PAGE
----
¶ 10 The relevant language of the Great Northern and Pacific homeowner's policies is identical. The coverage provisions of the policies state: "We cover damages a covered person is legally obligated to pay for personal injury or property damage which take place anytime during the policy period and are caused by an occurrence, unless stated otherwise or an exclusion applies." The policies state that an "[o]ccurrence means a loss or accident to which this insurance applies occurring within the policy period." Although the policies name Steven alone as the insured party in the "Coverage Summary," a "covered person" includes "you or a family member." The policies also include language under the heading "Application of coverage" that reads: "Coverage applies separately to each covered person. However, this provision does not increase the amount of coverage for any one occurrence."5

¶ 11 The liability provisions of the Wangards' policies provide coverage for certain enumerated damages and injuries, while other harms caused by the insureds are excluded from coverage. "Personal injury" is covered by the policies and includes "bodily injury ... shock, mental anguish, or mental injury." "Bodily injury" means "physical bodily harm, including sickness or disease that results from it, and required care, loss of services and resulting death."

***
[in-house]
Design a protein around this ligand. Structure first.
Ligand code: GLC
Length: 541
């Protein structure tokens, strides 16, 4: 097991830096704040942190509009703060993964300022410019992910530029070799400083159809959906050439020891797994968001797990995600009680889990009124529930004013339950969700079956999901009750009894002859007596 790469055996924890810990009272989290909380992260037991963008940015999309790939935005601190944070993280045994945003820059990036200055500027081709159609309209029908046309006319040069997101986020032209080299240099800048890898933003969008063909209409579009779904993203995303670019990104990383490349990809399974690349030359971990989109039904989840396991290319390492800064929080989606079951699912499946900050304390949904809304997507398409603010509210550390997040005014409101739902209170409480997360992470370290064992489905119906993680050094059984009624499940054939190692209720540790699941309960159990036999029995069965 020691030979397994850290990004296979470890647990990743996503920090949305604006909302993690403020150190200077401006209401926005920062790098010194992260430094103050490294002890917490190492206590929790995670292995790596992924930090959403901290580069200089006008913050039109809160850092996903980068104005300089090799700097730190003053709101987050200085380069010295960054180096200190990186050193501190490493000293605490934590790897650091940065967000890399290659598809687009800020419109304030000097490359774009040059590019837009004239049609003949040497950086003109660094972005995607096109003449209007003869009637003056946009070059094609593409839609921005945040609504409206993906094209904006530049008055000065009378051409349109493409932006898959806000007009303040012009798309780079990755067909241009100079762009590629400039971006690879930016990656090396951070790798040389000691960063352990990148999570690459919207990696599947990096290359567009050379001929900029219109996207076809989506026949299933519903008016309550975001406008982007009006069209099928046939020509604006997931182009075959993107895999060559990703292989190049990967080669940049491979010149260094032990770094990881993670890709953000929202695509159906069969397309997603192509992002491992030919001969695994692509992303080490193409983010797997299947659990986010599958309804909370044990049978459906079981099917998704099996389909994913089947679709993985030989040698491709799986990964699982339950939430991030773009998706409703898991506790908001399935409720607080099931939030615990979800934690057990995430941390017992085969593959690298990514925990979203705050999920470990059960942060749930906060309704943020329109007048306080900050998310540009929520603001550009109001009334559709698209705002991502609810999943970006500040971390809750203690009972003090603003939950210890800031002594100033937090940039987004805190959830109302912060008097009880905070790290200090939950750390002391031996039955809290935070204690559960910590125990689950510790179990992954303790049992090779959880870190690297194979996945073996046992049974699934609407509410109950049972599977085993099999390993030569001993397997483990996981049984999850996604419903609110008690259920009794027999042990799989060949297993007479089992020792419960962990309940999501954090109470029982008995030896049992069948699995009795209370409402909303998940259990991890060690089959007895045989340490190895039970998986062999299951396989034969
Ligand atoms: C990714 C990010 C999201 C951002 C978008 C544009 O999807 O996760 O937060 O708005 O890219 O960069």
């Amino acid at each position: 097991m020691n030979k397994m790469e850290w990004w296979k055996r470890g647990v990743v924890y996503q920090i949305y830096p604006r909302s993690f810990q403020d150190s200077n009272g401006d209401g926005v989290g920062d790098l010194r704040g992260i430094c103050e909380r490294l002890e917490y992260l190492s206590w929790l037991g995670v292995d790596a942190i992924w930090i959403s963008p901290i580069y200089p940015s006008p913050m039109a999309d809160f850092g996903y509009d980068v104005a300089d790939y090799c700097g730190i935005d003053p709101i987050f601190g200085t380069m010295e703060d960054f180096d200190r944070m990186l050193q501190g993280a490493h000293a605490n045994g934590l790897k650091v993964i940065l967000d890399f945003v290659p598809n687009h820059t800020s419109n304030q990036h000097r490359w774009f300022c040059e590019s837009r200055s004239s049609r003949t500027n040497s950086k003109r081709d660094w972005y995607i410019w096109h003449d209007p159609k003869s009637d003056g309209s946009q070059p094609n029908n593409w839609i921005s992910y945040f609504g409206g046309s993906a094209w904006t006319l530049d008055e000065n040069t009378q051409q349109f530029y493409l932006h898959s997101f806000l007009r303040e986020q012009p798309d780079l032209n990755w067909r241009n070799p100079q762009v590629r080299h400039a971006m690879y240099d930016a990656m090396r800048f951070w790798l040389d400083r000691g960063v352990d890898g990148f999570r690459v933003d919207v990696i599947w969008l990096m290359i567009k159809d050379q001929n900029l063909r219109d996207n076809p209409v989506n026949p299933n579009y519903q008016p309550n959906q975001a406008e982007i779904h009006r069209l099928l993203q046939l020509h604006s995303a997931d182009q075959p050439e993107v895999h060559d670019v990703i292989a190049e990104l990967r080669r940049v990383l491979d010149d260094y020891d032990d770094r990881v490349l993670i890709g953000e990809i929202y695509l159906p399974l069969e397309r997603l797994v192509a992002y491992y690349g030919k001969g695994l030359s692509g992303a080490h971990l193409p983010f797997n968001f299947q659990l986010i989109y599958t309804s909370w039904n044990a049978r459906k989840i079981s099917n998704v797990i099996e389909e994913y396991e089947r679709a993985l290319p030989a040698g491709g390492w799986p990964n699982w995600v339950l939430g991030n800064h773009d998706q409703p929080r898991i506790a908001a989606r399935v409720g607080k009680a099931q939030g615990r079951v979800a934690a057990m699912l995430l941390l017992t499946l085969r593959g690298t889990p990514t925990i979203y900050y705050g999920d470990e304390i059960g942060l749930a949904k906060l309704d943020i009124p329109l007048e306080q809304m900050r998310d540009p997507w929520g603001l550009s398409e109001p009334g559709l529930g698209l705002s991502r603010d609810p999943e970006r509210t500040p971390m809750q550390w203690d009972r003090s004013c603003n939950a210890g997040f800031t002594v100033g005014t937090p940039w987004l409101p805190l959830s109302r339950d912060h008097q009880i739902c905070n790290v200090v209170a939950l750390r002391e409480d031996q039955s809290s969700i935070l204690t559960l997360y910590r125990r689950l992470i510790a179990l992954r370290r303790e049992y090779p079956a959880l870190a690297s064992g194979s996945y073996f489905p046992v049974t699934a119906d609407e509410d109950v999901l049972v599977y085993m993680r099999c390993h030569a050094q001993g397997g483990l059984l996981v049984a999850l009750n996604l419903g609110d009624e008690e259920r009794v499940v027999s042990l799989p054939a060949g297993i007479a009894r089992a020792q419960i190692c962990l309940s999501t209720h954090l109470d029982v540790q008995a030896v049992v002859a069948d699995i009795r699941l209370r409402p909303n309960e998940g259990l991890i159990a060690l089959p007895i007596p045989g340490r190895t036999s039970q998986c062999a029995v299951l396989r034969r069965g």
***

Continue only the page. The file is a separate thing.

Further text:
¶ 12 The policies exclude damages caused by the intentional acts of insureds. The policies state:

Intentional acts. We do not cover any damages arising out of an act intended by any covered person to cause personal injury or property damage, even if the injury or damage is of a different degree or type than actually intended or expected. An intentional act is one whose consequences could have been foreseen by a reasonable person. But we do cover such damages if the act was intended to protect people or property unless another exclusion applies.

¶ 13 On July 20, 2005, Great Northern and Pacific moved for a declaratory ruling and to dismiss the case against them on grounds that the Wangards' homeowner's policies did not cover the losses alleged in the plaintiffs' complaint. The circuit court heard argument on the motion on December 5, 2005, and issued a written decision in favor of Great Northern and Pacific on February 20, 2006.

¶ 14 The circuit court held that the Wangards' homeowner's policies did not cover any of the claims alleged in the plaintiffs' complaint. With regard to the alleged negligence of Deborah, the court concluded that the intentional acts exclusion in the two policies barred coverage. The court found that "the language contained in the policy is not ambiguous nor is the policy as a whole contextually ambiguous." The court also found that "the language contained in the exclusion bars coverage regardless of the existence of a separation clause." The court cited Hagen v. Gulrud, 151 Wis.2d 1, 6-7, 442 N.W.2d 570 (Ct. App.1989), for...